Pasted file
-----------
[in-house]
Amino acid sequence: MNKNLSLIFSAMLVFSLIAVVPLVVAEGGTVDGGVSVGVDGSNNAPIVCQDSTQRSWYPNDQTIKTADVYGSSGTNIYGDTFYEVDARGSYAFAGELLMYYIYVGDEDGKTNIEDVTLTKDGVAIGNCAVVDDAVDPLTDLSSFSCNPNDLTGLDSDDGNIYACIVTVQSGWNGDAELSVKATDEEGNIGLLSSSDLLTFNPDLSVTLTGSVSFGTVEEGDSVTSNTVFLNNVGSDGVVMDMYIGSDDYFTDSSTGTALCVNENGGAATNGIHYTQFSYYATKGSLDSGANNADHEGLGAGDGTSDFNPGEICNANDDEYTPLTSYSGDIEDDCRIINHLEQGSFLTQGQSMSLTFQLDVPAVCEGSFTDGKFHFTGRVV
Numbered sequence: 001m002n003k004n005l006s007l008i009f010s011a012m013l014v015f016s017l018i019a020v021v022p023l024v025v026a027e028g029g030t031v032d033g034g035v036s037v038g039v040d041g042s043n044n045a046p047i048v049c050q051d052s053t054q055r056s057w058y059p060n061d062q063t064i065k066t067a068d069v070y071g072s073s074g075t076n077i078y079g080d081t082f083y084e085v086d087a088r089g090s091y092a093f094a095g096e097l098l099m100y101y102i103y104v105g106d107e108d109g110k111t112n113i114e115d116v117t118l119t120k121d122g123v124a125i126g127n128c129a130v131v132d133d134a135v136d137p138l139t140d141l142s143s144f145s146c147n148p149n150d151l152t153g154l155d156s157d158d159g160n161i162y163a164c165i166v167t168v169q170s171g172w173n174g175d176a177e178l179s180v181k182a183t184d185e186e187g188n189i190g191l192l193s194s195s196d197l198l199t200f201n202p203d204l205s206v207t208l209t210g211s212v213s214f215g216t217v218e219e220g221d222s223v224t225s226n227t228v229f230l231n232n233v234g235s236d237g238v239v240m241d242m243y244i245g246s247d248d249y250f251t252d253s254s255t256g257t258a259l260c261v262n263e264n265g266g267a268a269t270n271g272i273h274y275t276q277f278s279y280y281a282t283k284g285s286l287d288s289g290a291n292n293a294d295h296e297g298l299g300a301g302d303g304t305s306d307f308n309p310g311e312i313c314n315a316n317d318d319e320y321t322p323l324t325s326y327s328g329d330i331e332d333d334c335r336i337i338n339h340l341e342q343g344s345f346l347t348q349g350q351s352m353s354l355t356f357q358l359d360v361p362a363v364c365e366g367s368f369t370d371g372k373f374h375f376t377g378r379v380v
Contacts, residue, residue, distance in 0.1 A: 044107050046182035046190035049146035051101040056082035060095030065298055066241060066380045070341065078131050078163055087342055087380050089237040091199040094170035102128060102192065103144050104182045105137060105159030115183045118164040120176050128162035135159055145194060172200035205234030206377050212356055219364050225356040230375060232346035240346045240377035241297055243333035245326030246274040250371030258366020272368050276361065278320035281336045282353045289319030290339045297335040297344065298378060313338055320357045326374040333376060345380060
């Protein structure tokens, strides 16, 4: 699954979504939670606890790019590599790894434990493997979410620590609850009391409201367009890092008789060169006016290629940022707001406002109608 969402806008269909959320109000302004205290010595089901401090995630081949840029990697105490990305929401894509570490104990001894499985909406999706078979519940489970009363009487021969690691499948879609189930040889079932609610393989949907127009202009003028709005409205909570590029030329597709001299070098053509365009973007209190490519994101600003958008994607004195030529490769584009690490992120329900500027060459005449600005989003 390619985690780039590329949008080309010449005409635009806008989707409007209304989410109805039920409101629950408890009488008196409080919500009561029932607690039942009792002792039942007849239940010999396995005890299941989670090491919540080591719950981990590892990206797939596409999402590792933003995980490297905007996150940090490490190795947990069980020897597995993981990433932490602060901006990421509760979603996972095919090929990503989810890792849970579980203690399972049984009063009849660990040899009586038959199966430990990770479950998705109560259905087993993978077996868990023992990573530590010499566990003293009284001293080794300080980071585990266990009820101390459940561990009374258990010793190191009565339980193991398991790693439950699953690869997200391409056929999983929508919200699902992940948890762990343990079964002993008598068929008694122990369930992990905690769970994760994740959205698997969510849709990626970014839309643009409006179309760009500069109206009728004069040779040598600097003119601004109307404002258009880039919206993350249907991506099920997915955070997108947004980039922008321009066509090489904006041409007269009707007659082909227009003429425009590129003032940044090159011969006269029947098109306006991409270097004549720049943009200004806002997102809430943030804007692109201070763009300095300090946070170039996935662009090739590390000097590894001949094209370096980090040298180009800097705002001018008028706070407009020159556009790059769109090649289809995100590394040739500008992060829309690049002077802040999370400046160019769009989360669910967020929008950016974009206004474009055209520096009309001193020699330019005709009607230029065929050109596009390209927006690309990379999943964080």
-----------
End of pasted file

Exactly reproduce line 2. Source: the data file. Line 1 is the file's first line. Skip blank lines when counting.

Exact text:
Amino acid sequence: MNKNLSLIFSAMLVFSLIAVVPLVVAEGGTVDGGVSVGVDGSNNAPIVCQDSTQRSWYPNDQTIKTADVYGSSGTNIYGDTFYEVDARGSYAFAGELLMYYIYVGDEDGKTNIEDVTLTKDGVAIGNCAVVDDAVDPLTDLSSFSCNPNDLTGLDSDDGNIYACIVTVQSGWNGDAELSVKATDEEGNIGLLSSSDLLTFNPDLSVTLTGSVSFGTVEEGDSVTSNTVFLNNVGSDGVVMDMYIGSDDYFTDSSTGTALCVNENGGAATNGIHYTQFSYYATKGSLDSGANNADHEGLGAGDGTSDFNPGEICNANDDEYTPLTSYSGDIEDDCRIINHLEQGSFLTQGQSMSLTFQLDVPAVCEGSFTDGKFHFTGRVV